They’re from the 80s. They’re slashers. They both have the word “slaughter” in the title and sit side by side on my horror shelf. So that’s why I’m taking on Slaughter High and Slaughterhouse.
SLAUGHTER HIGH (1986)
Slaughter High gets big points for having a creepy-assed jester mask and for showing a whole lot of male wiener! The opening “setup” of the geek getting taunted by bullies is prolonged instead of getting right to the point. But most shocking is the level of male nudity during the prank they play on him, which involves very close male-face-to-male-genitals moments. Wow.
Years later, the kids are grown up and gather for a high school reunion…only to find the high school is abandoned. But they go in to party anyway.
Slaughter High proves to be one of the stronger entries in the 80s slasher genre, especially considering it came so late in the game. Deaths are gruesome, there’s male and female nudity, the jester killer is creepy as hell, the lighting is dark and atmospheric, and the final girl chase scene is amazing.
There’s some 80s awesomeness to be found as well. A poster of the movie Pieces is hanging on a wall in one scene. The bullies use the catch phrase “Where’s the Beef,” which was HUGE back then (the catch phrase, not the beef—unless you got it from Wendy’s). The movie takes place on April Fool’s Day, which was going to be the title, but it had to be changed for obvious reasons. There’s also a cheap scare moment that comes complete with Jason sound effects.
But the most 80s thing about this movie is lead actress Caroline Munro. First of all, she’s totally rocking the Laura Branigan hair in Slaughter High. Second, she has the distinct honor of having had a record produced by the one and only Gary Numan:
Too bad Motel Hell used the pig head killer idea in 1980, because it would have made so much sense here. Instead, our 300 pound killer simply runs around in overalls as he oinks. He definitely brings to mind that clucking freak Luther the Geek. The difference is, Slaughterhouse is one of those films that spends a lot of time with the characterization of the baddies, which makes them much less scary.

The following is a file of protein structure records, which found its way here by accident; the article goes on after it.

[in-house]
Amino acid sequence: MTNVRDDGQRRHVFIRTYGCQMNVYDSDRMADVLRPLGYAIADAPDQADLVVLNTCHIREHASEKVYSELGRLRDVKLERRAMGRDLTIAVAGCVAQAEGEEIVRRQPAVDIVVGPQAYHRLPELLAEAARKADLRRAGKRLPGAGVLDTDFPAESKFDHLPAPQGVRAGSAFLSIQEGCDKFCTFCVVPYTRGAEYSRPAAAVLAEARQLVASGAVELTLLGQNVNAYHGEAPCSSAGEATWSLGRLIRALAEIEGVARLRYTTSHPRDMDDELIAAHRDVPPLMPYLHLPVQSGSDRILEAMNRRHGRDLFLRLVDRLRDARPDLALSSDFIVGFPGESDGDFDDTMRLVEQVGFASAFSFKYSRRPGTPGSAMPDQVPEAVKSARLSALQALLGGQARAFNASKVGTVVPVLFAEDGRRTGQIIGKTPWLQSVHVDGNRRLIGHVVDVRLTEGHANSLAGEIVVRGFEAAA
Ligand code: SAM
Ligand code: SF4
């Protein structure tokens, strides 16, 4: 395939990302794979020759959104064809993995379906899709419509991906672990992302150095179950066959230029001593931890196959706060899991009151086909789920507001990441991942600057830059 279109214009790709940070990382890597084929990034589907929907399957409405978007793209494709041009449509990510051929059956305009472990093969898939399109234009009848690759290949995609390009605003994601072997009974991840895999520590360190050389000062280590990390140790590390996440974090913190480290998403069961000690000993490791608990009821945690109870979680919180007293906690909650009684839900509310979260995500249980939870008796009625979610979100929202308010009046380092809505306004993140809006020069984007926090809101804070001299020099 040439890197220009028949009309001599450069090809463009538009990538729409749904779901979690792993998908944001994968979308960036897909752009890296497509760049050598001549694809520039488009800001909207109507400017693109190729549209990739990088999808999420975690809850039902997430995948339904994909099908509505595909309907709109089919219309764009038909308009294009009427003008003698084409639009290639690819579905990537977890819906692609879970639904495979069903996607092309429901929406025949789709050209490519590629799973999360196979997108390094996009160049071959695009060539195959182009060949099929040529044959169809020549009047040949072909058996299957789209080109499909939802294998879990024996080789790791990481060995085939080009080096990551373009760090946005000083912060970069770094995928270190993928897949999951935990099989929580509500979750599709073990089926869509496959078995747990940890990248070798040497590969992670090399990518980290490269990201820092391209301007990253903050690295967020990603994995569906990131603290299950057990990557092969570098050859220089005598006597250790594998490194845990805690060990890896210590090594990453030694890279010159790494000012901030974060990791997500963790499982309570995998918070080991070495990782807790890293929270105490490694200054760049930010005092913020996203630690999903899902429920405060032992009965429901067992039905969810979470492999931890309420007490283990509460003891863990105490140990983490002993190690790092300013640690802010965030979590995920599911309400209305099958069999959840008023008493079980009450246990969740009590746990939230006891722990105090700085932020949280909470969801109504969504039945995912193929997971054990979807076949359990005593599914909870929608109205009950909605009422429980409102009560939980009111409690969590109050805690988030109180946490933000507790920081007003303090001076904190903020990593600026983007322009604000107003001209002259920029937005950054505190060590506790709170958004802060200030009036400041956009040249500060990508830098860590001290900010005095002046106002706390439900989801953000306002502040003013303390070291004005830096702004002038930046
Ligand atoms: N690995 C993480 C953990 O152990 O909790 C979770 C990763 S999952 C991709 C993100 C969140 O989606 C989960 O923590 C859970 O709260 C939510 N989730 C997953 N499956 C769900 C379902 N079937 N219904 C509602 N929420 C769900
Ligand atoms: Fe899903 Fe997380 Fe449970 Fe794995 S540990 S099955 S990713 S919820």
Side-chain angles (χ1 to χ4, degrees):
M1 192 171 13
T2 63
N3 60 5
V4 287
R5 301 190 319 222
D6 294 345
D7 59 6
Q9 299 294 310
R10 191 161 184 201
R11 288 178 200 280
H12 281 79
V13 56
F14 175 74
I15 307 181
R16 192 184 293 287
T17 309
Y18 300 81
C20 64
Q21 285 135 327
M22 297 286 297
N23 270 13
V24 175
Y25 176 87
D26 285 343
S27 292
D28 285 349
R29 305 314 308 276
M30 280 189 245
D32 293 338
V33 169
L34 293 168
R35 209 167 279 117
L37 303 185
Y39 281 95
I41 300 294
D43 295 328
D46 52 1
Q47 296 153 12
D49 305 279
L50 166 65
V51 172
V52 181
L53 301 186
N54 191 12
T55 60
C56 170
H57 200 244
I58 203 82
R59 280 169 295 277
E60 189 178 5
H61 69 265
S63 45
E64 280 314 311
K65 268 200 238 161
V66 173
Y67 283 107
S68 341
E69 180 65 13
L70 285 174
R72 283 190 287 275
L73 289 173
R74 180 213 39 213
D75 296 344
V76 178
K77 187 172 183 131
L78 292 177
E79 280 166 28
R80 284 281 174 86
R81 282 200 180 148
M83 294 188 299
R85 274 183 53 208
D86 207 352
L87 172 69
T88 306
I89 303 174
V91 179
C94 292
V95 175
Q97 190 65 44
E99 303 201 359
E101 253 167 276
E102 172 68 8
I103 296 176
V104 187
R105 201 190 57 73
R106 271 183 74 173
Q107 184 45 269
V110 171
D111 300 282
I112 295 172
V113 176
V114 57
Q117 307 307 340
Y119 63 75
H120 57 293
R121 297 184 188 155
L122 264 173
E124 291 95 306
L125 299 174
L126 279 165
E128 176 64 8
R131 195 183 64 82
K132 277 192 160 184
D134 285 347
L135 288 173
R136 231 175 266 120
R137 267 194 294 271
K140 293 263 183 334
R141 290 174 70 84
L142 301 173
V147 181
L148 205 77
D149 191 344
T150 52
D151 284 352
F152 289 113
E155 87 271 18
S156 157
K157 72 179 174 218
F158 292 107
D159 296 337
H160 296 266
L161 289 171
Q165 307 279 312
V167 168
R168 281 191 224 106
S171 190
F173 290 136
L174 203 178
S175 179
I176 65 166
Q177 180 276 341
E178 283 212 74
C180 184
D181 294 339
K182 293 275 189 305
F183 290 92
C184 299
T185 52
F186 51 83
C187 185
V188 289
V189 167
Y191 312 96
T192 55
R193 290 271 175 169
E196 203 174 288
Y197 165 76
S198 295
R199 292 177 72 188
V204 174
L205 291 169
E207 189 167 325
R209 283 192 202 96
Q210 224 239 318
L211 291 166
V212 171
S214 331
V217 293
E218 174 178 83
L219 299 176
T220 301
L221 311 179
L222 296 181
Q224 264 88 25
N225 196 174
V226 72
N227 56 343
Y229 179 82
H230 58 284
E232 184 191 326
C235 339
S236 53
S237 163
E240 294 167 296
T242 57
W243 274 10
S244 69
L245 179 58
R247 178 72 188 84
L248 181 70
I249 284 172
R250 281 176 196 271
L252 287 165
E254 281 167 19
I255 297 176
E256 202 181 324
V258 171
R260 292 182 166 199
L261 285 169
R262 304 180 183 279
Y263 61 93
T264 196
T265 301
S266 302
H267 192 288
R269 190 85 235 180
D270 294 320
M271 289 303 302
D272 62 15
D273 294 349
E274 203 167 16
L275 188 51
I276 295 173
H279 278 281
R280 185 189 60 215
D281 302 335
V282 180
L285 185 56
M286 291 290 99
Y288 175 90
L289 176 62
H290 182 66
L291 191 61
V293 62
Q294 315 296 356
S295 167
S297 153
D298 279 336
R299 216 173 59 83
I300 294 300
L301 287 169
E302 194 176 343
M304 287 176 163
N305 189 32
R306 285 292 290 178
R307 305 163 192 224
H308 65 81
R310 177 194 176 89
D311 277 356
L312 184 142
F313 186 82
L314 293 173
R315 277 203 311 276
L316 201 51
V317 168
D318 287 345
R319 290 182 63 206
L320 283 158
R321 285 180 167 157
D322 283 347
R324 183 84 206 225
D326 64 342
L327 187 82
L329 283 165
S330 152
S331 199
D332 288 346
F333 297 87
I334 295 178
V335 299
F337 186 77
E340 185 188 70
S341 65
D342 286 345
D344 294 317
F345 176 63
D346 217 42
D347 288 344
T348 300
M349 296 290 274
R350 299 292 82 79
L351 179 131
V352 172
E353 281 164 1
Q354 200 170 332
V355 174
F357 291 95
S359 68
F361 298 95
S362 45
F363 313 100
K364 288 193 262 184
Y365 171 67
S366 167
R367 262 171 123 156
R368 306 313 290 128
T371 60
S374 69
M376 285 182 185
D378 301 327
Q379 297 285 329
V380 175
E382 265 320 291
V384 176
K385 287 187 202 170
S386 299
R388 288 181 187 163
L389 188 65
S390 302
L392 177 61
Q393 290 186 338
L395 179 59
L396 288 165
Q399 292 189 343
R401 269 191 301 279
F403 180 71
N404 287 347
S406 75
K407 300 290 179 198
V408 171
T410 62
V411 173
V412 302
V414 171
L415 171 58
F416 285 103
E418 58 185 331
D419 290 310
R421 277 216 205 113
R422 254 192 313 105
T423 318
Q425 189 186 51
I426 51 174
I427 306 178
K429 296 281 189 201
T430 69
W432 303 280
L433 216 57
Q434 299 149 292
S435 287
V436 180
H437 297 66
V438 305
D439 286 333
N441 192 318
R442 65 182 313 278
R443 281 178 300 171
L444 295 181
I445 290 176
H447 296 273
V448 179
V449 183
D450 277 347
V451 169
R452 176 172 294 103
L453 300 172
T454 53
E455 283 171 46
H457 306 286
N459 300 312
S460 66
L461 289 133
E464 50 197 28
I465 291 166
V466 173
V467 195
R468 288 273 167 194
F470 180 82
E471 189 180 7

Some old dad and his pig son have this slaughterhouse, and there are men who want the property and are going to shut them down. So old dad and pig son decide to just kill them. This means the first hour isn’t so scary because you know who the killer is, you know who’s about to get it, and you know it’s going to involve some nasty tools lying around the slaughterhouse. I guess you could say this is supposed to be a black comedy, but it’s not particularly humorous, even in a dark way.
What it does have going for it are two “montages” set to a new wave soundtrack by some band called Vanishing Point. DAMMIT I WANT THEIR ALBUM! Unfortunately, I found NO information about a movie soundtrack or a Vanishing Point album ever being released. Anyway, their tunes play during a costume shopping montage and an amazing dance montage loaded with 80s fashions.
It’s when the dance takes place that Slaughterhouse converts into more of a classic slasher. There’s a power outage at the dance, so a bunch of kids decides to sneak into the old slaughterhouse. Imagine if this movie had been completely focused on that plot, hadn’t given the killers “sympathy votes,” and stuck a pig head on the oinking killer. That would have been a HOT slasher.
Even so, the last half hour DOES play out as an excellent slasher, and when good old dad and his pig son get a hold of the final girl, they do some evil little things to her—mostly involving her fingertip. The film ends with a classic 80s low-budget slasher “shocker twist”…which means at this point in time, if you watch it, you’ll totally guess the concluding freeze-frame.